Always A Challenge

Nov. 19, 2009

By Larry Watts
Contributor, BigTen.org

Ashley Karnes should have been feeling like the best was yet to come.

As the women's swimming and diving campaign drew to a close late last winter, the Purdue University junior diver had just pulled off one of the biggest upsets in conference history, knocking off Olympian Christina Loukas of Indiana on the one-meter board. Not only did she defeat Loukas, a three-time Big Ten champion on the one-meter board, but Indiana's Brittney Feldman, who won the title in 2008 when Loukas was training for the Olympics, was also in the field.

Karnes went on to take second to Loukas on the three-meter board with her second Purdue school record and then added a fourth on the one-meter and seventh on the three-meter boards to her resume at the NCAA Championships. With a Big Ten title and two All-American awards, Karnes should have been at her peak in confidence for her final year of competition for the Boilermakers.

But the Bloomington, Ind. native was thinking about calling it quits.

"I had been diving since I was 12, but all of a sudden toward the end of the season I had developed this fear I couldn't do it," she says. "It was a real mental block. I couldn't see myself flipping through the air. It was an irrational fear and I couldn't get myself out of it.

"It happened all of a sudden one day at practice when I was asked to do a simple back dive. I just froze and didn't know how to do it. I know some divers in the country who have gone through this and it's unexplainable to people who have never experienced it, but I don't know of anyone who has ever experienced it to this extent.

"I had been dealing with this anxiety all year and just kept brushing it off," she added. "All of a sudden, there was this huge explosion. The funny part is I had never hurt myself in diving, so that's why this was so irrational."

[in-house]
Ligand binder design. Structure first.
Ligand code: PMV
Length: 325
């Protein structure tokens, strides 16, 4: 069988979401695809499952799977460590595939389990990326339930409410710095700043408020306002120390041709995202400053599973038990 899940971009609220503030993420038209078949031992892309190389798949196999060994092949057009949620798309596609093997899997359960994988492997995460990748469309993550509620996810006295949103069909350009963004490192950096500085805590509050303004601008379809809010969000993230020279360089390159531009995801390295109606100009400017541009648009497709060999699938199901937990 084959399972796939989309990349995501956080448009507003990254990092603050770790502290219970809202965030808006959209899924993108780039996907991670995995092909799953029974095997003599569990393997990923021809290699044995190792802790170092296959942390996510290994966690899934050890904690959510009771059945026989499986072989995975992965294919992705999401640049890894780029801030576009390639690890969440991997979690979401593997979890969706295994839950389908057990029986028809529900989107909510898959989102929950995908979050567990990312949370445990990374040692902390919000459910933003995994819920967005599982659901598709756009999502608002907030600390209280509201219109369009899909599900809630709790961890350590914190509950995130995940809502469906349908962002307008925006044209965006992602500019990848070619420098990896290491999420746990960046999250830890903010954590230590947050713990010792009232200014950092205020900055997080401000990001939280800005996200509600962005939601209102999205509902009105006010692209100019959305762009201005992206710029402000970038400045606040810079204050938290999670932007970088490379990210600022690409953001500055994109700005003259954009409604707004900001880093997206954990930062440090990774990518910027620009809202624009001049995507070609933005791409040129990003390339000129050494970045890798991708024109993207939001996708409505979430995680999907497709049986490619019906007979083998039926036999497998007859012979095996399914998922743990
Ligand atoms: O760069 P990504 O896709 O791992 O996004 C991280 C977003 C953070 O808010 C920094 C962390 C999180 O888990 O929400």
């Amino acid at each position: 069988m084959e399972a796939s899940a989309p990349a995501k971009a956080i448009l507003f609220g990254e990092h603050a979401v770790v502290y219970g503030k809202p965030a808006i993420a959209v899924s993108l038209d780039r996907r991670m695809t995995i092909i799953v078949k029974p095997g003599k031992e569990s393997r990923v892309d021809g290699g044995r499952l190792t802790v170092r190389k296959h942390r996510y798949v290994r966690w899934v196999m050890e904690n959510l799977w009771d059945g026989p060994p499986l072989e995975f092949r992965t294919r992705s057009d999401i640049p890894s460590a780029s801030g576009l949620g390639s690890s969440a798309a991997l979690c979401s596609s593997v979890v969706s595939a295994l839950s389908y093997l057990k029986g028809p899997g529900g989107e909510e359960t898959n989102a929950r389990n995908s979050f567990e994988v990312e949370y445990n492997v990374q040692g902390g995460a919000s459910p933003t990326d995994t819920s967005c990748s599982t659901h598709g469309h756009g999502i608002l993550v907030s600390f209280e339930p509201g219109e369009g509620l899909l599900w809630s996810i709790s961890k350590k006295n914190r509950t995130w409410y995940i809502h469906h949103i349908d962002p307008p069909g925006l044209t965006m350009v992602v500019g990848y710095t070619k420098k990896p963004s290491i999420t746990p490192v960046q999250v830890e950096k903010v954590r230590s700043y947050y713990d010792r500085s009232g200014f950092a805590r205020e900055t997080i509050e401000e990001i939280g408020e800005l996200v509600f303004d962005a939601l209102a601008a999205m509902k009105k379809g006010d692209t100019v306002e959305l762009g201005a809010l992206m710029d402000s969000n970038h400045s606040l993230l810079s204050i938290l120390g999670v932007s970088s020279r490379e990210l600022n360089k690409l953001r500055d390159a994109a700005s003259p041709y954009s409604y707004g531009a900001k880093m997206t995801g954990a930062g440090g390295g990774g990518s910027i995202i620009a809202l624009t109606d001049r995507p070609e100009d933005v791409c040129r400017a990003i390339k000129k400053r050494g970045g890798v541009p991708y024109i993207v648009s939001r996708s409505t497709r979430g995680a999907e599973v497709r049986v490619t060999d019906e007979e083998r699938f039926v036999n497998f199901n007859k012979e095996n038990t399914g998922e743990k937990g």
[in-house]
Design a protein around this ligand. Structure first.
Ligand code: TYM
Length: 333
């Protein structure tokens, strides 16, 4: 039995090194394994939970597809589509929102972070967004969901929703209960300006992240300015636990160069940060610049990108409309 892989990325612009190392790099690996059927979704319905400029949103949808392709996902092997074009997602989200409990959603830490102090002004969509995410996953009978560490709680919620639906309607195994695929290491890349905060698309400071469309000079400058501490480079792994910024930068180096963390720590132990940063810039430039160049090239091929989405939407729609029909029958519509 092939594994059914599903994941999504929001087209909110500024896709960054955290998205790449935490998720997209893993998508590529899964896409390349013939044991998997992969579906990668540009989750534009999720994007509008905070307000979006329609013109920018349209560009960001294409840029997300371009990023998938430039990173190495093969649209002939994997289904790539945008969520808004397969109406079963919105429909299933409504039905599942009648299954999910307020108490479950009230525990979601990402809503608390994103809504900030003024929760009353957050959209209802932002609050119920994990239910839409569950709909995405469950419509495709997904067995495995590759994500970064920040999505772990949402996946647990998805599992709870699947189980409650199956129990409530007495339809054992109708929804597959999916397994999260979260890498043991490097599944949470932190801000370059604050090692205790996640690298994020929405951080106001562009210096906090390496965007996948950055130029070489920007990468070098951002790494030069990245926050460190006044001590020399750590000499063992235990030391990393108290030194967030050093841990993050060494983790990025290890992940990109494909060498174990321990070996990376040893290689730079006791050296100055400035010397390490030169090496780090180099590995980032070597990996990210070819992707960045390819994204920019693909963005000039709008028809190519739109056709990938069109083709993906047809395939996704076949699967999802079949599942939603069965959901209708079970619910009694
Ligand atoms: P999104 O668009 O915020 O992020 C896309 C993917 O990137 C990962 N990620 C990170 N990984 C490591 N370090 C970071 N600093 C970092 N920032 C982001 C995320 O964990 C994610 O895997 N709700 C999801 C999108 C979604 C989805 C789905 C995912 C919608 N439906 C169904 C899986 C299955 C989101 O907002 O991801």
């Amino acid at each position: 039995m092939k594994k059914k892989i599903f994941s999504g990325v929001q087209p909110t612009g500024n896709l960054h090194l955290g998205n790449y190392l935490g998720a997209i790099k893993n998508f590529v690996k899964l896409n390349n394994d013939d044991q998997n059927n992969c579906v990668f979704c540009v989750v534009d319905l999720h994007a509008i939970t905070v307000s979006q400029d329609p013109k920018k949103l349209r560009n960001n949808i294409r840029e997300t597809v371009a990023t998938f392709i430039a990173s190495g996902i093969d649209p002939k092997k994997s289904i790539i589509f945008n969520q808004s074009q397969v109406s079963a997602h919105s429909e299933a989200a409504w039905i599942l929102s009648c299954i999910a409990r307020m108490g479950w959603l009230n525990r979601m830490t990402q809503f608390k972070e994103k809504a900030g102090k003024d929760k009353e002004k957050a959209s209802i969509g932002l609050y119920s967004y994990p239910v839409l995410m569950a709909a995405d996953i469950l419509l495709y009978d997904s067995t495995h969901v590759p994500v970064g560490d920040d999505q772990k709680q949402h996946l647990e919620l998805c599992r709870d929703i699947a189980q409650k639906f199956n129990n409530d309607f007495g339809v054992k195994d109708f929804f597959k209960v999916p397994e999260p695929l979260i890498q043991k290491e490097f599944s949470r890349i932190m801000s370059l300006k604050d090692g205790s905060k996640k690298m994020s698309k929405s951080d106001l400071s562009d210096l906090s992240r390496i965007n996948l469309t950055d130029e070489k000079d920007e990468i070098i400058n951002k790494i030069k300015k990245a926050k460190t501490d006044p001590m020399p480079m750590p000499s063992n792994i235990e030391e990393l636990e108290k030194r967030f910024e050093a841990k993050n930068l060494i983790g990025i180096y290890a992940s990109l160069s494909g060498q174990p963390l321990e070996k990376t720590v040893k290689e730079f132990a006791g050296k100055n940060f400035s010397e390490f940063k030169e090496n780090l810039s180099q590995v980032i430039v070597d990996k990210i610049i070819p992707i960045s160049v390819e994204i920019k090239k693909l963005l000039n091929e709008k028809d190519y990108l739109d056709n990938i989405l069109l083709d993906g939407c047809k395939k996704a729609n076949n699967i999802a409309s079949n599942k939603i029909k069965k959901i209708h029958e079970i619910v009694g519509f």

And distracting. It got to the point Karnes' teammates, who didn't understand what she was going through, were becoming frustrated with her because she kept holding up practices.

 

 

"I was slowing down their practices and I was not a fun person to be around in the pool," she says. "They kept telling me to go and I couldn't. I thought this only happened in the movies.

"I was the diver before who would do anything anyone asked and I would have been the first to tell someone else they were insane. I had to go or get out of practice. When my teammates finally realized this was an issue, not just a normal day at the pool, they became very supportive and encouraging."

By the time she got to the NCAA Championships, Karnes barely warmed up on the one-meter board and did not do warmups on the three-meter.

"That's how hard of a time I was having in practice," she says. "I was crying every day and I was crying before I competed at the NCAA Championships. I even asked Adam (Purdue diving coach Adam Soldati) if I had to compete. He told me it was up to me, but this wasn't about me, it was for the team."

After several long talks with Soldati, Karnes decided the best treatment would be to take a month break from the pool. It was during this time she received an invitation to compete for the United States on the one-meter board at the World University Games in Belgrade, Serbia this past summer. It was her first calling to an international competition.